• Schröder O, Blumenstein I, Stein J. Combining infliximab with methotrexate for the induction and maintenance of remission in refractory Crohn’s disease: a controlled pilot study. Eur J Gastroenterol Hepatol 2006; 18: 11–6.

  • Herrlinger KR, Witthoeft T, Raedler A, Bokemeyer B, Krummenerl T, Schulzke JD, Boerner N, Kueppers B, Emmrich J, Mescheder A, Schwertschlag U, Shapiro M, Stange EF. Randomized, double blind controlled trial of subcutaneous recombinant human interleukin-11 vs. prednisolone in active Crohn’s disease. Am J Gastroenterol 2006; 101: 793–7.

  • Sands BE, Kozarek R, Spainhour J, Barish CF, Becker S, Goldberg L, Katz S, Goldblum R, Harrigan R, Hilton D, Hanauer SB. Safety and tolerability of concurrent natalizumab treatment for patients with Crohn’s disease not in remission while receiving infliximab. Inflamm Bowel Dis 2007; 13: 2–11.

Ulcerative colitis or RA.

  • Maksymowych WP, Blackburn WD Jr, Tami JA, Shanahan WR Jr. A randomized, placebo controlled trial of an antisense oligodeoxynucleotide to intercellular adhesion molecule-1 in the treatment of severe rheumatoid arthritis. J Rheumatol 2002; 29: 447–53.

  • Su C, Salzberg BA, Lewis JD, Deren JJ, Kornbluth A, Katzka DA, Stein RB, Adler DR, Lichtenstein GR. Efficacy of anti-tumor necrosis factor therapy in patients with ulcerative colitis. Am J Gastroenterol 2002; 97: 2577–84.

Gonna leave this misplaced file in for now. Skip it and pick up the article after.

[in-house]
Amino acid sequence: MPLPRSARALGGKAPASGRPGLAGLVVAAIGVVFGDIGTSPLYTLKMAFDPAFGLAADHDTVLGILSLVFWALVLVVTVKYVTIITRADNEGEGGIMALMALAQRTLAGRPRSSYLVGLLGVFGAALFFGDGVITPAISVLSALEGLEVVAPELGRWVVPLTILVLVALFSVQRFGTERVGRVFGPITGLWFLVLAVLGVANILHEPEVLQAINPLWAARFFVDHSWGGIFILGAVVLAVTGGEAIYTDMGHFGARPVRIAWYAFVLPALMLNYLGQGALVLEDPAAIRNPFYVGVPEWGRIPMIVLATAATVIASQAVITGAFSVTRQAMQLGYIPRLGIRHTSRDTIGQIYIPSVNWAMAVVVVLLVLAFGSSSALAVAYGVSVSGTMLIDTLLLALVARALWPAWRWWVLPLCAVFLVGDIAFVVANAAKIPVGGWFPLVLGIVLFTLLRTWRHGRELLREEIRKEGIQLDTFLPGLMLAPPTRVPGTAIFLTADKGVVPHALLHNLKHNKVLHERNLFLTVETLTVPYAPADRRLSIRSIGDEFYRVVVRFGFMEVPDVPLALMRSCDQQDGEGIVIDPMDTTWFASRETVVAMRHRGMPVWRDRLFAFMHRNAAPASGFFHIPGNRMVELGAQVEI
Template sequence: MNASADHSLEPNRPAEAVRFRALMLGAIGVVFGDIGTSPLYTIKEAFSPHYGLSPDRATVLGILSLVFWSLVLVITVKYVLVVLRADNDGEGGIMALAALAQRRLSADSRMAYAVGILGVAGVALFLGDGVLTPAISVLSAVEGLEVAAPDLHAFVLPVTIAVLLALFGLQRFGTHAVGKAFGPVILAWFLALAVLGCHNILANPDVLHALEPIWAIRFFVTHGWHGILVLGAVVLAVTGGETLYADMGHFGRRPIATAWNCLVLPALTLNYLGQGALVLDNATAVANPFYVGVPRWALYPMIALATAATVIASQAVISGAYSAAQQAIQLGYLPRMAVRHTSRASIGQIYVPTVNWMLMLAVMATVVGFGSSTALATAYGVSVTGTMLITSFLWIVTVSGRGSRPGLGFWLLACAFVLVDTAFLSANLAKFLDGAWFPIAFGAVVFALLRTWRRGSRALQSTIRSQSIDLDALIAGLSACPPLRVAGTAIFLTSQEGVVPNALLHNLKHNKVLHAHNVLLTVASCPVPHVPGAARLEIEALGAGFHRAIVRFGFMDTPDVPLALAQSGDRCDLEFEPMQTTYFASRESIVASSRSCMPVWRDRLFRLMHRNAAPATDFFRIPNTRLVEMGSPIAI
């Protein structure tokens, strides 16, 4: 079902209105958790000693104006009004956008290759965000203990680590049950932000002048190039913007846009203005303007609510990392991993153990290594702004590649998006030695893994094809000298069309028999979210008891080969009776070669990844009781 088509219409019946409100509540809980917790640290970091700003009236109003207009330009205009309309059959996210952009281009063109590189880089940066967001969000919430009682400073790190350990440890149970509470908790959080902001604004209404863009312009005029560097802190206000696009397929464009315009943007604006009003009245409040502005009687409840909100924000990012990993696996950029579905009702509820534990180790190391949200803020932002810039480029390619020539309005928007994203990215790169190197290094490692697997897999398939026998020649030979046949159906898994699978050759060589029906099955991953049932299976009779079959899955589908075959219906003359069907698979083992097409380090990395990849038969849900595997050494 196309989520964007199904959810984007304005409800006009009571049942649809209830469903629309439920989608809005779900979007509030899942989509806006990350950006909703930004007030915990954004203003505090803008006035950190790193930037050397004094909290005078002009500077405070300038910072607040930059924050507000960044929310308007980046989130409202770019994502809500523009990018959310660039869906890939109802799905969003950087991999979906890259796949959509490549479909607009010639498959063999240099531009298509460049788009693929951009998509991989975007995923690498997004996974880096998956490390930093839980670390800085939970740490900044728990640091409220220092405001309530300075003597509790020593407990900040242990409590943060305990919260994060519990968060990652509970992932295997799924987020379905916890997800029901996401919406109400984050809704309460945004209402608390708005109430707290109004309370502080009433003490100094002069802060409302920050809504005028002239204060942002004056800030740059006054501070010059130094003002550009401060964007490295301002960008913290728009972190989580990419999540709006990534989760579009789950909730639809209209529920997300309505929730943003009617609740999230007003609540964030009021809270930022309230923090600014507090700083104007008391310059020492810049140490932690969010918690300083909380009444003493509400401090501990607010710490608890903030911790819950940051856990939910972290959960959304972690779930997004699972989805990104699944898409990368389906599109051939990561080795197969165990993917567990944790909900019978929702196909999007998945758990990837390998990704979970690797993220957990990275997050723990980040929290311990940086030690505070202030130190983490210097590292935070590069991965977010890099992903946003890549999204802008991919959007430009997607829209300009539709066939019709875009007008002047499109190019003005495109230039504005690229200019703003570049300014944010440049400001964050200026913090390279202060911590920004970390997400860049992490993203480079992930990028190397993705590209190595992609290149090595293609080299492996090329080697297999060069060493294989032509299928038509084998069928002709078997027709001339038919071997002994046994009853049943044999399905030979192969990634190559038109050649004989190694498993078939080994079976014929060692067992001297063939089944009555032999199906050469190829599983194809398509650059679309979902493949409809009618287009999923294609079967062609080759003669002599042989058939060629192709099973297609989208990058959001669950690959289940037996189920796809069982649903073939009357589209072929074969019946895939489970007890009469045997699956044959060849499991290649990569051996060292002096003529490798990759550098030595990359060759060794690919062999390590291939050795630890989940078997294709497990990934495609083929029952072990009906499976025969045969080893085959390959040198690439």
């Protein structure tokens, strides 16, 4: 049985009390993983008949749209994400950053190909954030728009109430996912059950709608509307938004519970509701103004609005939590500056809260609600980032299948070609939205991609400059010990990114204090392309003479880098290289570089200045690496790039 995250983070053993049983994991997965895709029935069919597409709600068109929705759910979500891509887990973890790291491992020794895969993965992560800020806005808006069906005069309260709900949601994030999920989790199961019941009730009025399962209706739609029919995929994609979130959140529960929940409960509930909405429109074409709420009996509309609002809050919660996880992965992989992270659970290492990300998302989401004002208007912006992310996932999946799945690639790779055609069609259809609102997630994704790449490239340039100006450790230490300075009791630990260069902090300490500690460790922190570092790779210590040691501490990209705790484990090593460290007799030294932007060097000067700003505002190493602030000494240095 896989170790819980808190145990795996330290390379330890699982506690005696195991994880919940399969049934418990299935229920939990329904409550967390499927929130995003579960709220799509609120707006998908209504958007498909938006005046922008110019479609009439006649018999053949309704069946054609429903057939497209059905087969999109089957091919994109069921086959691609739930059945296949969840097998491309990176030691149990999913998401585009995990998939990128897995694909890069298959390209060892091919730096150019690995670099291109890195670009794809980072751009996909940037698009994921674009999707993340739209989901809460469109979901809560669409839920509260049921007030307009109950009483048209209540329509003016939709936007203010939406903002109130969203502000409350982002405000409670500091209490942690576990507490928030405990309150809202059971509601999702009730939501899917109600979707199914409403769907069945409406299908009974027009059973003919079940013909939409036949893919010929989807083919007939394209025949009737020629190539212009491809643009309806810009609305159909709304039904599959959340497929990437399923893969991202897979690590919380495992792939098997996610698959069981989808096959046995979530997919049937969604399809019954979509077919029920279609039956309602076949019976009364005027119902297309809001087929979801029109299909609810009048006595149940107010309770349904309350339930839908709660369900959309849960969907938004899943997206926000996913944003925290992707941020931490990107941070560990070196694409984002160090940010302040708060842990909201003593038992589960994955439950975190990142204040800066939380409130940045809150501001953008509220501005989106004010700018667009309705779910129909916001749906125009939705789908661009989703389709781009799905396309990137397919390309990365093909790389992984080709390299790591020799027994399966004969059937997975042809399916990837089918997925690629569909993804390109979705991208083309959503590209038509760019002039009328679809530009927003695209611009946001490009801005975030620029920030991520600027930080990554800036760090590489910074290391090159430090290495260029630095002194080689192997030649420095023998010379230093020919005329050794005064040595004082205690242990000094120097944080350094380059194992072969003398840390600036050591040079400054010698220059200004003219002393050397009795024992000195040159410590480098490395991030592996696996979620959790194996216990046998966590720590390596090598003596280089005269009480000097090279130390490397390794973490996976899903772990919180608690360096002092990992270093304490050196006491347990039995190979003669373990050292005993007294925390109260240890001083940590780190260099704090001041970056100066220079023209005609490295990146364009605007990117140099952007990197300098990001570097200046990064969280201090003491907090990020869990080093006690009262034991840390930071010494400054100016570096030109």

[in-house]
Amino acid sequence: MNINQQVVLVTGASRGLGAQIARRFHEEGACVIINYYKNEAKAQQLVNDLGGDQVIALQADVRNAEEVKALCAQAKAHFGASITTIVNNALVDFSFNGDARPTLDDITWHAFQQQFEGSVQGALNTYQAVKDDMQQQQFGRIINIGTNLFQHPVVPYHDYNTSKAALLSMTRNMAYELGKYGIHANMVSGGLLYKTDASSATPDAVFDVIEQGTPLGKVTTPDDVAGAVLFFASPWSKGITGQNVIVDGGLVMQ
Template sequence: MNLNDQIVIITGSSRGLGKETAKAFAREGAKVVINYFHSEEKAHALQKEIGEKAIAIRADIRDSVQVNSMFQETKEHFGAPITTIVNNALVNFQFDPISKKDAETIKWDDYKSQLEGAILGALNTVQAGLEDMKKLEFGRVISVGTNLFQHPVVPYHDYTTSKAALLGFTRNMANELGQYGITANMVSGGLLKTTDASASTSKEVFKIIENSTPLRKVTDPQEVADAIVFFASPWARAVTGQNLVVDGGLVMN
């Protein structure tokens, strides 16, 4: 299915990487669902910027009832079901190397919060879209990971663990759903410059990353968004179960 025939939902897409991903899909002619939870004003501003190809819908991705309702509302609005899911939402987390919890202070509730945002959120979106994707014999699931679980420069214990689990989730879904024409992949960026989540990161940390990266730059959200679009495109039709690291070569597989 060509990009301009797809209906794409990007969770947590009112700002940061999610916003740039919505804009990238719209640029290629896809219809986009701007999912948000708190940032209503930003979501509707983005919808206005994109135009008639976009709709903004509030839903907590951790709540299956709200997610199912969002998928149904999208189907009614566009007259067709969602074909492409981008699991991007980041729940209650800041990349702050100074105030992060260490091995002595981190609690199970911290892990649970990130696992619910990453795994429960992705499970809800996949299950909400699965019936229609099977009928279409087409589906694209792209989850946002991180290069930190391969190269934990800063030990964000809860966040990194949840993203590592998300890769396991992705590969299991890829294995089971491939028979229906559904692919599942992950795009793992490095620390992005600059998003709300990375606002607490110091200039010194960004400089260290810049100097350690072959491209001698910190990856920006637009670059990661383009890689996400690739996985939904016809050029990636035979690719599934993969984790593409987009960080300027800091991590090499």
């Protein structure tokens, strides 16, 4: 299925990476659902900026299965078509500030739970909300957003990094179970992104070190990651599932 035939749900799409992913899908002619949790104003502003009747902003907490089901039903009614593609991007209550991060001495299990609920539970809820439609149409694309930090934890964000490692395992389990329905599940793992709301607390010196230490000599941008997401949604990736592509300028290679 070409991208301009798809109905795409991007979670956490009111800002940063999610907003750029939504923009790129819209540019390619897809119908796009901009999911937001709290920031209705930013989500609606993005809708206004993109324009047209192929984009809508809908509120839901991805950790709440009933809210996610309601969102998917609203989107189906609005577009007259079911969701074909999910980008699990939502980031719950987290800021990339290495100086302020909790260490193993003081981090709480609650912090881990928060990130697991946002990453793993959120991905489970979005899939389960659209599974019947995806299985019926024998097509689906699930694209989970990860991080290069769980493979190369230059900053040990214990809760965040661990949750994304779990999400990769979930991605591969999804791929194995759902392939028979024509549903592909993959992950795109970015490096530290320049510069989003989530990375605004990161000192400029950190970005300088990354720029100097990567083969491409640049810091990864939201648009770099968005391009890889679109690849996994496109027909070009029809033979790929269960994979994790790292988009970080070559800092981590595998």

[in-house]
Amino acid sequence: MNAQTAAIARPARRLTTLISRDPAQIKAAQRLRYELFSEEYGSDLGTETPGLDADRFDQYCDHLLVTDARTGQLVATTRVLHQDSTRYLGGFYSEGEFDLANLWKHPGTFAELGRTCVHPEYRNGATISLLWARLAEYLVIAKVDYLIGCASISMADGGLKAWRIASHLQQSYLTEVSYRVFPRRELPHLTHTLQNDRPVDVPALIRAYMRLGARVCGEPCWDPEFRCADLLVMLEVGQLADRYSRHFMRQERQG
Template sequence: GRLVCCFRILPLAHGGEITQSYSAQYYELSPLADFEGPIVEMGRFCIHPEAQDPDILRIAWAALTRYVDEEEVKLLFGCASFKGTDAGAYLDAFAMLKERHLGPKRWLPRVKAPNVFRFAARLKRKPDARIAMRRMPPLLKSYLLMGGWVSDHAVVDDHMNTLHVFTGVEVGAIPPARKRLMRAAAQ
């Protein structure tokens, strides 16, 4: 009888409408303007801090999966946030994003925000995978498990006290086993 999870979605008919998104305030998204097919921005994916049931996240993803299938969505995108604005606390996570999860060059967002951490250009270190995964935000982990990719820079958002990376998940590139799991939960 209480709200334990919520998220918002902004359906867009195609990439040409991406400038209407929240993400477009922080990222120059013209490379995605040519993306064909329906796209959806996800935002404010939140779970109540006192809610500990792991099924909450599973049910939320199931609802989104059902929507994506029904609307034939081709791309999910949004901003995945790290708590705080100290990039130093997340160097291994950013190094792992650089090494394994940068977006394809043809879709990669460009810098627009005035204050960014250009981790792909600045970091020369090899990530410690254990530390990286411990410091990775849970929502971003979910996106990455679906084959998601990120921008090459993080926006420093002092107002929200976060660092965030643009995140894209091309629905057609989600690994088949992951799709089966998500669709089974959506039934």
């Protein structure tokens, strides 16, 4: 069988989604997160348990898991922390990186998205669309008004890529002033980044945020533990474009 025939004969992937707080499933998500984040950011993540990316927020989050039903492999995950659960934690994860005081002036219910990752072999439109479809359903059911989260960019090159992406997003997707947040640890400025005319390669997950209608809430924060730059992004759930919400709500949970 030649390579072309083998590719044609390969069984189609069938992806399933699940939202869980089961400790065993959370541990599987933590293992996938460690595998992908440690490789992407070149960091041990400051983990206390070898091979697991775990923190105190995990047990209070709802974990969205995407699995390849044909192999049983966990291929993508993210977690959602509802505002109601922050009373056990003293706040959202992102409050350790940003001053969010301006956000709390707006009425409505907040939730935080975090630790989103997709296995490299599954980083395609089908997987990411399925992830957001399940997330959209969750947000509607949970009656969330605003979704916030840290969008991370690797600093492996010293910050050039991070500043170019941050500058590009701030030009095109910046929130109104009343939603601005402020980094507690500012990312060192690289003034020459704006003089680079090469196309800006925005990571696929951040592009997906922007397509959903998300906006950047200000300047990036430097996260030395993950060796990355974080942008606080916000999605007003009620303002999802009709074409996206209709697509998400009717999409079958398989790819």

• Probert CS, Hearing SD, Schreiber S, Kühbacher T, Ghosh S, Arnott ID, Forbes A. Infliximab in moderately severe glucocorticoid resistant ulcerative colitis: a randomised controlled trial. Gut 2003; 52: 998–1002.

  • Armuzzi A, De Pascalis B, Lupascu A, Fedeli P, Leo D, Mentella MC, Vincenti F, Melina D, Gasbarrini G, Pola P, Gasbarrini A. Infliximab in the treatment of steroid-dependent ulcerative colitis. Eur Rev Med Pharmacol Sci 2004; 8: 231–3.

  • Rutgeerts P, Sandborn WJ, Feagan BG, Reinisch W, Olson A, Johanns J, Travers S, Rachmilewitz D, Hanauer SB, Lichtenstein GR, de Villiers WJ, Present D, Sands BE, Colombel JF. Infliximab for induction and maintenance therapy for ulcerative colitis. N Engl J Med 2005; 353: 2462–76.